WASHINGTON, DC - FEBRUARY 12: U.S. President Barack Obama signs an executive order to raise the minimum wage for federal contractors from $7.25 to $10.10 during an East Room event February 12, 2014 at the White House in Washington, DC. President Obama spoke on 'on the importance of raising the federal minimum wage for all workers' at the event. (Photo by Alex Wong/Getty Images)

The president keeps going on TV talking about bypassing congress. “I have a pen and a phone,” is one to the many sound bites we hear on the nightly news. One of the ways presidents make policy is with executive orders. But what are they and where did they come from?

What Is An Executive Order?

An executive order, or proclamation, is written directly from the president independent of the legislative and judicial branches. The president can only give executive orders to federal or state agencies, not to citizens. However, executive orders can sometimes have an indirect effect on citizens.

While every president has used executive orders, there is no specific part of the Constitution that allows them. Presidents get around this by pointing to some implied generic language in Article II of the Constitution.

  • "The executive power shall be vested in a President of the United States"
  • "The President shall be Commander in Chief of the Army and Navy of the United States"
  • "He shall take care that the laws be faithfully executed"

Some Executive Order History

As you might expect, George Washington issued the first executive order in 1793 giving orders for federal officers to prosecute any citizen that interfered with the war between England and France. It was the first of only eight issued by our first president. Why didn’t congress take care of this? They were out of session at the time. Sound familiar?

Abraham Lincoln issued the most controversial presidential executive order of all time. When militia leader John Merryman was jailed for attacking federal troops, his lawyers argued that holding Merryman indefinitely was a violation of habeas corpus.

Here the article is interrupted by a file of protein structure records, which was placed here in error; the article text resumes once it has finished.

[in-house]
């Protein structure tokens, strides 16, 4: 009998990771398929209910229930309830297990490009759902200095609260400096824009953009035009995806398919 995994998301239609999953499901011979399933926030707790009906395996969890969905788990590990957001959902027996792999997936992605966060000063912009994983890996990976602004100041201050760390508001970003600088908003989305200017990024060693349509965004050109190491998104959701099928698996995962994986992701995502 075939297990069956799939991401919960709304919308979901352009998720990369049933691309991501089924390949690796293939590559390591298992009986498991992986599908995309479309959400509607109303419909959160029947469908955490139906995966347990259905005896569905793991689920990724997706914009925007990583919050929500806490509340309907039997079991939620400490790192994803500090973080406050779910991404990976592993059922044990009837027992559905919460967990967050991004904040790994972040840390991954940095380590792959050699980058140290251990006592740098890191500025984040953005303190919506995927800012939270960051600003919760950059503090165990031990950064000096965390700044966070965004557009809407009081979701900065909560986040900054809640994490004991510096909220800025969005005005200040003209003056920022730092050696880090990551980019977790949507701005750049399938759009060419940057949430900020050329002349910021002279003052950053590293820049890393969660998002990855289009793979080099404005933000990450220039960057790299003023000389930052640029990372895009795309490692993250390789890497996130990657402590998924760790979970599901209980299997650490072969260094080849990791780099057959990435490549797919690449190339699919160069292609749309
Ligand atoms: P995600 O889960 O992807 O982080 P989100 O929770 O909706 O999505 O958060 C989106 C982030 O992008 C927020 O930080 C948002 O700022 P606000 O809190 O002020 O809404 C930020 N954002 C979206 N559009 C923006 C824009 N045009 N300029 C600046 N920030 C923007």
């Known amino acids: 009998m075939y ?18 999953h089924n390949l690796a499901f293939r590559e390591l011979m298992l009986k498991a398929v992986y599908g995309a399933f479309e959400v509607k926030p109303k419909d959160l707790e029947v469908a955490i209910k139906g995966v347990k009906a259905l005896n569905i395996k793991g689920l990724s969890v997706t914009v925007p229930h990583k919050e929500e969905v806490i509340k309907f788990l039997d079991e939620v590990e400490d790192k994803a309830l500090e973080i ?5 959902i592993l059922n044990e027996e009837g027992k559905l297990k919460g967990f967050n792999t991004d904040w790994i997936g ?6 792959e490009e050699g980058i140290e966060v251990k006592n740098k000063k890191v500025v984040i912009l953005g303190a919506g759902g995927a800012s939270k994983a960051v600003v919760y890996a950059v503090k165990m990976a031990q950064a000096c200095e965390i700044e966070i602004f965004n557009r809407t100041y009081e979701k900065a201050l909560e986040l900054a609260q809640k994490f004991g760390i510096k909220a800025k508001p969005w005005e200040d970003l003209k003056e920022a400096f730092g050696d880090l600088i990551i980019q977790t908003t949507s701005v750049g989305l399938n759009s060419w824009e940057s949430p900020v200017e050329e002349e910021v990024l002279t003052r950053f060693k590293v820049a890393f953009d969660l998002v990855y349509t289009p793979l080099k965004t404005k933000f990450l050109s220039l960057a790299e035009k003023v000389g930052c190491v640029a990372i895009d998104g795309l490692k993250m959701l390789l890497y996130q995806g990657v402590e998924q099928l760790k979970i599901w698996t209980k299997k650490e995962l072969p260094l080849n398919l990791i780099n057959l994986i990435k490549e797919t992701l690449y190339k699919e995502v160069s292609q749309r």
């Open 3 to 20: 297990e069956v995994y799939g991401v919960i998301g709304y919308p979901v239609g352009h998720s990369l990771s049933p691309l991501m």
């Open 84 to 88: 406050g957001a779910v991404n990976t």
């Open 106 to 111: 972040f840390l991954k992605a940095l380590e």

Using executive order, Lincoln suspended Merryman’s right to habeas corpus. Something Lincoln was not allowed to do during times of rebellion or invasion. After explaining his actions to congress later they passed the Habeas Corpus Act of 1863 actually giving Lincoln the authority after the fact. Lincoln authored 48 executive orders during his presidency.

Most Executive Orders

President Teddy Roosevelt was the first to break the 1,000 executive order mark. He felt he could do anything that wasn’t explicitly prohibited by the Constitution as long as he was actively directing the affairs of the nation in a positive direction.

Franklin D. Roosevelt issued 3,522 executive orders. His first one was to close all banks for four days to get the “New Deal” underway with new banking regulations.

During WWII the president could seize factories, mines, privately owned industrial factories and direct the to making war materials.

After the war Congress began to curtail the powers of the presidency and the use of executive orders.

Some Final Thoughts

The power of a president depends greatly on how much support that president has both in congress and with the people. While FDR seized factories with the blessing of congress during WWII, the Supreme Court stopped Harry Truman from seizing steel companies during Korea.

The president has the most authority when he or she has the blessings of congress.  And, has the least authority when fighting an uphill battle against the wishes of congress and the people.

And a split congress leaves us with the kind of gridlock we are experiencing today. So presidential orders don’t really carry a whole lot of weight without the people’s and congressional blessings.